By contrast, Petitioner's Descamps and Mathis-based challenge to this Court's use of his prior conviction for facilitation of second-degree murder does not assert a newly recognized right and thus cannot rely on the one-year filing window under subsection (f)(3). Mathis involved application of the categorical approach first adopted by the Supreme Court in Taylor v. United States, 495 U.S. 575, 599 (1990), and refined in Descamps, to a new set of facts. See Mathis, 136 S.Ct. at 2281 (citing “longstanding principles” and noting that prior “cases involving the modified categorical approach [had] already made exactly [the same] point”); Id. at 2257 (“Our precedents make this a straightforward case. For more than [twenty-five] years, we have repeatedly made clear that application of the [Armed Career Criminal Act (ACCA)] involves, and involves only, comparing elements.”); see also Descamps, 133 S.Ct. at 2283 (“Our case law explaining the categorical approach and its ‘modified' counterpart all but resolved this case.”); id at 2285 (“Applied in that way-which is the only way we have ever allowed-the modified approach merely helps implement the categorical approach when a defendant was convicted of violating a divisible statute.”). Thus, neither Mathis nor Descamps articulate a “rights-creating rule, ” i.e., a newly recognized right within the scope of § 2255(f)(3). See, e.g., United States v. Montes, 570 F. App'x 830, 831 (10th Cir. 2014) (finding that “the Descamps decision did not recognize a new right” and concluding that the petitioner's § 2255 motion-which was filed within one year of Descamps, but over one year after the petitioner's conviction became final- was untimely”); Henderson v. United States, No. 16-00572, 2016 WL 4967898, at *2 (W.D. Mo. Sept. 16, 2016) (“[The] Mathis [decision] does not present a new rule or procedure.”); Leone v. United States, No. 95-00960, 2016 WL 4479390, at *8-9 (S.D. Fla. Aug. 24, 2016) (noting that the Mathis decision did not articulate a “new rule” within the meaning of subsection (f)(3)).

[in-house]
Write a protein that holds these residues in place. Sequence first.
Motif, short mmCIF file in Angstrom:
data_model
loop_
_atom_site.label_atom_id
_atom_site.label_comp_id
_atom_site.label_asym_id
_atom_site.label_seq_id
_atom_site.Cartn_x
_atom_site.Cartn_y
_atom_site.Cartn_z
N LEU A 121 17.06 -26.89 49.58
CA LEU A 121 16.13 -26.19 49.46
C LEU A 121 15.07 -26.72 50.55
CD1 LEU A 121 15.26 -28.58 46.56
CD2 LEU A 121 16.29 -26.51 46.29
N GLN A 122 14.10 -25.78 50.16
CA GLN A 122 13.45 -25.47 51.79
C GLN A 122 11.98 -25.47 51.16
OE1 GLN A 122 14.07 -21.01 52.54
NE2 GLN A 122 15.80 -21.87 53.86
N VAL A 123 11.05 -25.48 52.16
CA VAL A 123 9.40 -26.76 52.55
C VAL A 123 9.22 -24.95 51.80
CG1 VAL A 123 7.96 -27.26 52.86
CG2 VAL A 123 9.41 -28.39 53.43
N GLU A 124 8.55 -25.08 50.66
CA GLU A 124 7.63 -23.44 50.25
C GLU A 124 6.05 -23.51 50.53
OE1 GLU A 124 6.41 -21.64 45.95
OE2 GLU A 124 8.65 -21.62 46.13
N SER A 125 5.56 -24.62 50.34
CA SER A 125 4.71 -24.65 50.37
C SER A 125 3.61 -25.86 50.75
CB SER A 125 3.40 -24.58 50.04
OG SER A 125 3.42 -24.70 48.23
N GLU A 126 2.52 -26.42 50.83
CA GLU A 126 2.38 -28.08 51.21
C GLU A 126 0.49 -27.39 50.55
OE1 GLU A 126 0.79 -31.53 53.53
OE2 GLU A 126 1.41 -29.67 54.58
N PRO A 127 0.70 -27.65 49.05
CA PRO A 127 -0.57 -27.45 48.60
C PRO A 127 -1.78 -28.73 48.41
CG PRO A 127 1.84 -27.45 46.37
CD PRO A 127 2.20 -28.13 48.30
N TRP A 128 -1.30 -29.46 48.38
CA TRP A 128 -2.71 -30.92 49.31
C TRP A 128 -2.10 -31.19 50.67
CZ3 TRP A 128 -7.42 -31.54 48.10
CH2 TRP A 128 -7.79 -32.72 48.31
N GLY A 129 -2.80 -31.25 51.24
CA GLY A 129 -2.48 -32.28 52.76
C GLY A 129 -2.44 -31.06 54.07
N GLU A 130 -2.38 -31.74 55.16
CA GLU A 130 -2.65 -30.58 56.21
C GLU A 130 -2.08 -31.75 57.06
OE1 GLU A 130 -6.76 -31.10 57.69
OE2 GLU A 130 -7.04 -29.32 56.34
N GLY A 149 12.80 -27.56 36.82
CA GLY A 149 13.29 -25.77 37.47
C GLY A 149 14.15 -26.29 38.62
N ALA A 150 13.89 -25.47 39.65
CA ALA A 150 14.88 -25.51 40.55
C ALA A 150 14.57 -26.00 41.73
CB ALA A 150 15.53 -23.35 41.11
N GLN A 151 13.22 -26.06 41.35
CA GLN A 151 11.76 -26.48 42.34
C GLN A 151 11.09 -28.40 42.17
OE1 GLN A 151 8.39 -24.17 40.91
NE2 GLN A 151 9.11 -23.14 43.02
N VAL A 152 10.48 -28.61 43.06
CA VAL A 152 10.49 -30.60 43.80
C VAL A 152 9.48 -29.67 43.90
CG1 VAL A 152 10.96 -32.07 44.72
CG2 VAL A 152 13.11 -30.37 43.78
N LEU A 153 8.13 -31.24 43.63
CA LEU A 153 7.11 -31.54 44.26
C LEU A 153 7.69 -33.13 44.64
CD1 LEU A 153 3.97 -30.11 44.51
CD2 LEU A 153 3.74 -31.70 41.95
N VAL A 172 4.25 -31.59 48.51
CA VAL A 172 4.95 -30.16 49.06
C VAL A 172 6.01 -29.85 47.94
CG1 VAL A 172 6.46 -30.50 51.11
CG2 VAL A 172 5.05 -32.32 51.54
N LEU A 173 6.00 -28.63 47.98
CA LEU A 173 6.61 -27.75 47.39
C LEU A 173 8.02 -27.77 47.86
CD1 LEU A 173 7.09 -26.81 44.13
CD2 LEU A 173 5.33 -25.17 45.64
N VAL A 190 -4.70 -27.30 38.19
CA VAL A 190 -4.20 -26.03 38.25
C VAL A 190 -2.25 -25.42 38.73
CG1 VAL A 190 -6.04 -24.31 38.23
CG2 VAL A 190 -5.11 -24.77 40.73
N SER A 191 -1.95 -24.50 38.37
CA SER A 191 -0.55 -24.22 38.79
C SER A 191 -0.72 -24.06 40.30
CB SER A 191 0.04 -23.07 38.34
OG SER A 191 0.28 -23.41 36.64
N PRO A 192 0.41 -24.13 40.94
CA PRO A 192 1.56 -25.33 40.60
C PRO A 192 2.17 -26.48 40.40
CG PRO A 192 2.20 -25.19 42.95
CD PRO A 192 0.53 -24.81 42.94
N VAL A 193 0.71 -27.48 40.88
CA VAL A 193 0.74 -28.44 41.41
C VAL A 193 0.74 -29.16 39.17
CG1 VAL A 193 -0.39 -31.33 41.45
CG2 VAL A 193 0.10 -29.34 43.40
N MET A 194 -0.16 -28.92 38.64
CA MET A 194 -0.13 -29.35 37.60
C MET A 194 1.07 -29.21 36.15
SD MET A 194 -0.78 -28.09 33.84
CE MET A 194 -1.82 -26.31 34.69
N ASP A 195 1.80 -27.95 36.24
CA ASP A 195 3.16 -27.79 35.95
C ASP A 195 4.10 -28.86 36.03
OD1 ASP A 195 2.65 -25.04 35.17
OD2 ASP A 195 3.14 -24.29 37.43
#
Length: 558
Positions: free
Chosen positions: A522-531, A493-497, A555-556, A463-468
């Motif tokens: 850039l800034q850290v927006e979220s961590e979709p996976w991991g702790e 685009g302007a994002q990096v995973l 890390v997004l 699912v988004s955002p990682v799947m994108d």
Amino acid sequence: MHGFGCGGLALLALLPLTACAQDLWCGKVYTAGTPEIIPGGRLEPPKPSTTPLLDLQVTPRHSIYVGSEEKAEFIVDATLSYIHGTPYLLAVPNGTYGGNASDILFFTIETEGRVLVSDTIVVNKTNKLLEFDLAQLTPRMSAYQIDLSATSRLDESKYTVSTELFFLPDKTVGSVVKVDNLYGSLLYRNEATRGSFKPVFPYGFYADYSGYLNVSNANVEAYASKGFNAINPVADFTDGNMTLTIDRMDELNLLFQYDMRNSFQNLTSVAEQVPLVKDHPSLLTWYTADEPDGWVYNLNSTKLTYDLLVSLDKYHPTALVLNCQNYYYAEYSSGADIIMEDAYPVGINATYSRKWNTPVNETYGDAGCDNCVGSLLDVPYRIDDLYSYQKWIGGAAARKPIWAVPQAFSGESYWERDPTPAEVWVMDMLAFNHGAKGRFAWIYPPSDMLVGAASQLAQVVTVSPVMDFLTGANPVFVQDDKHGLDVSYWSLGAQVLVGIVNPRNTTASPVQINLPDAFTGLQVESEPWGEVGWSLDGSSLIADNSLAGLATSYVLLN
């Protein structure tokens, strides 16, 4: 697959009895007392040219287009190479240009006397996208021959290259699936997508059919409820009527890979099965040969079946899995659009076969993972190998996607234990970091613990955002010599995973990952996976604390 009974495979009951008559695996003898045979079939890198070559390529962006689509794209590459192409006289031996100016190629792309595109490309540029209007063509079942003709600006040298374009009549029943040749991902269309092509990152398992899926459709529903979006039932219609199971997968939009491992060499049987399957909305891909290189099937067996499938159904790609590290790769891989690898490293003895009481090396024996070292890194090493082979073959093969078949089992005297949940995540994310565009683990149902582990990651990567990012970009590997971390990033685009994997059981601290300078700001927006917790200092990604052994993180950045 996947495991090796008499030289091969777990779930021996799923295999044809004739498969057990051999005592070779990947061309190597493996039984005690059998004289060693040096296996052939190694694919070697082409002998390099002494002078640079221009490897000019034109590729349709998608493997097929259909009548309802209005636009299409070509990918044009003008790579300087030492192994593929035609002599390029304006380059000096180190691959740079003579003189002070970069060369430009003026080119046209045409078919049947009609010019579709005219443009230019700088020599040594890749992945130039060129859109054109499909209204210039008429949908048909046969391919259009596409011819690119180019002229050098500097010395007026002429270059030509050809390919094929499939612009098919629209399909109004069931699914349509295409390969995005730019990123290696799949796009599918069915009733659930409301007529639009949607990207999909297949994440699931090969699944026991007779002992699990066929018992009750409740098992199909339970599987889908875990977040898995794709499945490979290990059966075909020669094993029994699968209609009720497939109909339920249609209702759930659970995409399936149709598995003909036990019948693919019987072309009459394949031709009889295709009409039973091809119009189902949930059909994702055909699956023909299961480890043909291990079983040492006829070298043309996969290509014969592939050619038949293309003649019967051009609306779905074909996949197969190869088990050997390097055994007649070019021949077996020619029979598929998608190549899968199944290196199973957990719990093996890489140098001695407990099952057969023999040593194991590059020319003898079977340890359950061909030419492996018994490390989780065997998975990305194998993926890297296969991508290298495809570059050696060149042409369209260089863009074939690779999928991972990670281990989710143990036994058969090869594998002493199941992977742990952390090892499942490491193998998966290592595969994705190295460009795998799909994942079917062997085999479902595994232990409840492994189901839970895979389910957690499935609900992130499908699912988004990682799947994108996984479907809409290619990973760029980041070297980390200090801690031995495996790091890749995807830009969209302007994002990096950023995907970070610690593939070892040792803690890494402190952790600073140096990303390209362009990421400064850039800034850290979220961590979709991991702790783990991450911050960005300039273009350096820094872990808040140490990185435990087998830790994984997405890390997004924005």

B. Equitable Tolling of ...